The trial now moves on to closing arguments and deliberations.
The McDonnells are charged with accepting $175,000 in loans and gifts from Jonnie Williams Sr., former CEO of Star Scientific. They allegedly returned the favor by helping him promote a nutritional supplement.
McDonnell, testifying last week, suggested that he and his wife had become estranged during his years in politics. He also described at least one occasion in the past when he admonished his wife for using a campaign list for commercial purposes, implying that he was not involved in any arrangement she had with Williams.
The former governor's testimony could protect his wife as well if the jury accepts it. Because Maureen McDonnell was not a public official, prosecutors must prove she conspired with her husband.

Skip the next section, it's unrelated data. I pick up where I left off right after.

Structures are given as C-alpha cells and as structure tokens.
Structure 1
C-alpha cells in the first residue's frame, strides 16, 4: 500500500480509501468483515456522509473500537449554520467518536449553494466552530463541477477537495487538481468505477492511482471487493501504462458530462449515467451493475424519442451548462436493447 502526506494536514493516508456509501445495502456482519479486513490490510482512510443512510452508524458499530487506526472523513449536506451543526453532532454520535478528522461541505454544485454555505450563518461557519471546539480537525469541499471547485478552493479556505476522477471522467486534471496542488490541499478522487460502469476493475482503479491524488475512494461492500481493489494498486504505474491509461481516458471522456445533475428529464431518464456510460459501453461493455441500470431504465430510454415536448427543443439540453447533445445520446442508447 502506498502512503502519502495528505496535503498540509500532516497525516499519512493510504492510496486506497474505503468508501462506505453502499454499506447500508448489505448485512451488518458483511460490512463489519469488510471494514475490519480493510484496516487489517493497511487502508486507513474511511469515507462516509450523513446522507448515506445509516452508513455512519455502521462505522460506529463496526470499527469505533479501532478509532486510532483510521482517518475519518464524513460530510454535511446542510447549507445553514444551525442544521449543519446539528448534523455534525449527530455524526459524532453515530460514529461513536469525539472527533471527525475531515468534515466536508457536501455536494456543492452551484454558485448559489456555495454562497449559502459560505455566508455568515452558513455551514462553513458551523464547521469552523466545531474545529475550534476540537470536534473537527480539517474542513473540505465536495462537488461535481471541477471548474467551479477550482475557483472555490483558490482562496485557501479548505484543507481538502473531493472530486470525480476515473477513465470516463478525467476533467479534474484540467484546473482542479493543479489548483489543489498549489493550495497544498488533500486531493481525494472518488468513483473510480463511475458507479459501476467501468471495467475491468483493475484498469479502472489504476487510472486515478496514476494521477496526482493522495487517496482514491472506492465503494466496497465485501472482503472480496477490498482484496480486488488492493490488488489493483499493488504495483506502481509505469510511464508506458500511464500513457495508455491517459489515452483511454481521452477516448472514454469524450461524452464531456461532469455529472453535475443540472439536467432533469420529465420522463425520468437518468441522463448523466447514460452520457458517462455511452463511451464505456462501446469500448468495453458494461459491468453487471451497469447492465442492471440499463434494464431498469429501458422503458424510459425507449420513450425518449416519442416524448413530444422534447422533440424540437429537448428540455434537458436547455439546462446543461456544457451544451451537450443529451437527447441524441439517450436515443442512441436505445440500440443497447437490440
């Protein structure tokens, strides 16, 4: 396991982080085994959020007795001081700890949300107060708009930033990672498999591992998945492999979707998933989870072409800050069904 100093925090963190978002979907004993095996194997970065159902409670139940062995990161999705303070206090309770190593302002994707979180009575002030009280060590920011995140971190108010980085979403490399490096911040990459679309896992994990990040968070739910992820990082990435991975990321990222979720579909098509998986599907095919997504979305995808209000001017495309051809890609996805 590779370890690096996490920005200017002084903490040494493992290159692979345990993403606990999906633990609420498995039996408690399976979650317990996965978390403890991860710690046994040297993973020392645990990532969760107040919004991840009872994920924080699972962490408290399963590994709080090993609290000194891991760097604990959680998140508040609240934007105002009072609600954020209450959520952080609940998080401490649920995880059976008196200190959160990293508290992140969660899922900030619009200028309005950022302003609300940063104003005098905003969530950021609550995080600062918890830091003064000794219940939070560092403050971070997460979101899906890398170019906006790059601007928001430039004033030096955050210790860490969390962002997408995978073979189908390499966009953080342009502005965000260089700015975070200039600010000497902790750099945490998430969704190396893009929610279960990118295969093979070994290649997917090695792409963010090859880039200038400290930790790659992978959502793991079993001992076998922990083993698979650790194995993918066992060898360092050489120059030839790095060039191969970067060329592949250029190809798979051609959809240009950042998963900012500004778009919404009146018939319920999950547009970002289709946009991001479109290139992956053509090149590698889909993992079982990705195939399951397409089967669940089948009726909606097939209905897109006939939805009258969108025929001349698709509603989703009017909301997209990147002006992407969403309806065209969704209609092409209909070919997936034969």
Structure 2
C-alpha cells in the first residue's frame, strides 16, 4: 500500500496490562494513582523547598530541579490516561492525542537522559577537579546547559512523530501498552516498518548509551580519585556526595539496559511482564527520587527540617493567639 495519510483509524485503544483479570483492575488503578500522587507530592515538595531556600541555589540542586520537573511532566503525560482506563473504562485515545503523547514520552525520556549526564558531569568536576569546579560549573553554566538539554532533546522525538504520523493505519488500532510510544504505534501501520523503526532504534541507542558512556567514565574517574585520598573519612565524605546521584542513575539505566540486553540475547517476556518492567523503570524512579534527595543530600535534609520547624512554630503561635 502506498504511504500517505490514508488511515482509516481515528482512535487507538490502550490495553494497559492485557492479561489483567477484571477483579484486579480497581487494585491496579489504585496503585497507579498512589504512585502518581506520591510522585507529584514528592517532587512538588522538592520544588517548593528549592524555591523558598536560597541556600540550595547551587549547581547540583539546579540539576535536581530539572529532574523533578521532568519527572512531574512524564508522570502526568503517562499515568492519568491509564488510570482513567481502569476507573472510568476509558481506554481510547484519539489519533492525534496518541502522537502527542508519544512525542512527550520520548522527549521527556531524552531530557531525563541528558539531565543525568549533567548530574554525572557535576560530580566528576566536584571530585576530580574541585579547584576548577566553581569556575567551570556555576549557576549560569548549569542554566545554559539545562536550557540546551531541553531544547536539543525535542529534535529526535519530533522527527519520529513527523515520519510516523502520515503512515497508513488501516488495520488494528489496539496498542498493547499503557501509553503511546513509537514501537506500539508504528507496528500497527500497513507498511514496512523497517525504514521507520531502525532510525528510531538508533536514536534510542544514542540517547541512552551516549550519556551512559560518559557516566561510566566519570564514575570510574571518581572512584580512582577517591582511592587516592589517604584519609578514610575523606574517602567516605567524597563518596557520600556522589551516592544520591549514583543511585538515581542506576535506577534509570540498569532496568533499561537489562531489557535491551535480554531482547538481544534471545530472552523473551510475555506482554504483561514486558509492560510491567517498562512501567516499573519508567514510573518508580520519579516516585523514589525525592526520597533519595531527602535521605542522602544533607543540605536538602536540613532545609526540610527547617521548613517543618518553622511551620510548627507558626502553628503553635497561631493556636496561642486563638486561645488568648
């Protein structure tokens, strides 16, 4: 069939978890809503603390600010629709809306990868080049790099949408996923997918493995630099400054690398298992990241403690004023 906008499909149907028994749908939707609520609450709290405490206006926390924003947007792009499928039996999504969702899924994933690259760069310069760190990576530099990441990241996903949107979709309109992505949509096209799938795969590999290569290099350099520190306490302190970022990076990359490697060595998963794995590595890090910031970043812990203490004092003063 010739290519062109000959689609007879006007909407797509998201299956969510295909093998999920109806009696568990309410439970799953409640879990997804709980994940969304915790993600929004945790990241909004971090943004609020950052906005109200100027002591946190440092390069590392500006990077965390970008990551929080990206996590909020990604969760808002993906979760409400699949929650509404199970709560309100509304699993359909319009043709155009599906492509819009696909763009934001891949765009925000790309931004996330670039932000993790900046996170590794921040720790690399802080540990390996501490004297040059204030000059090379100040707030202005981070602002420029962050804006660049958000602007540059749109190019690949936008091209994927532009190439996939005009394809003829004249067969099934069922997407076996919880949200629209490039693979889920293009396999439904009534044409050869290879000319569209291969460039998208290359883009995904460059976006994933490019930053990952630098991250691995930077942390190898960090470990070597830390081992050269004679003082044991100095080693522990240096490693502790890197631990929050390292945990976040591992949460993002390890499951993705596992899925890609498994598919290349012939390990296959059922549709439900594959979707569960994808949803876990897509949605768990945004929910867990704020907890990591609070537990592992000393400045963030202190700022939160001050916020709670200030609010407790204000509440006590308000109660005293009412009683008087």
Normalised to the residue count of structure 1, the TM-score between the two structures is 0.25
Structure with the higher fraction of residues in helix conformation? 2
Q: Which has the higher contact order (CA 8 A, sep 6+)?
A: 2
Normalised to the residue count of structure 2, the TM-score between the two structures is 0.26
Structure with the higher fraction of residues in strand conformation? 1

An FBI agent testified Thursday as a rebuttal witness for the prosecution. She told the jury that McDonnell and his wife spent most nights together during his time in office, either in the governor's mansion or elsewhere.
Special Agent Kathryn Weber acknowledged that on many occasions McDonnell returned to the mansion late at night and that all the official logs show that the couple were under the same roof. She said the logs show Williams visited the mansion at least twice when McDonnell was away.
McDonnell testified that he is now living with his pastor.
Jeanine McDonnell Zubowsky, the couple's oldest daughter, testified Wednesday as one of the final defense witnesses. She described her parents' marriage, saying her mother was often alone because her husband was busy with his career and politics.
"It was frustrating, and she felt alone at times," Zubowksy said. "I think she was depressed, so she would try to escape."
McDonnell told reporters during a break in the trial Thursday that he has not been perfect.
"I'm a human being, and like every one of you, we all do things we wish we did a little differently," he said. "It's just the way life is."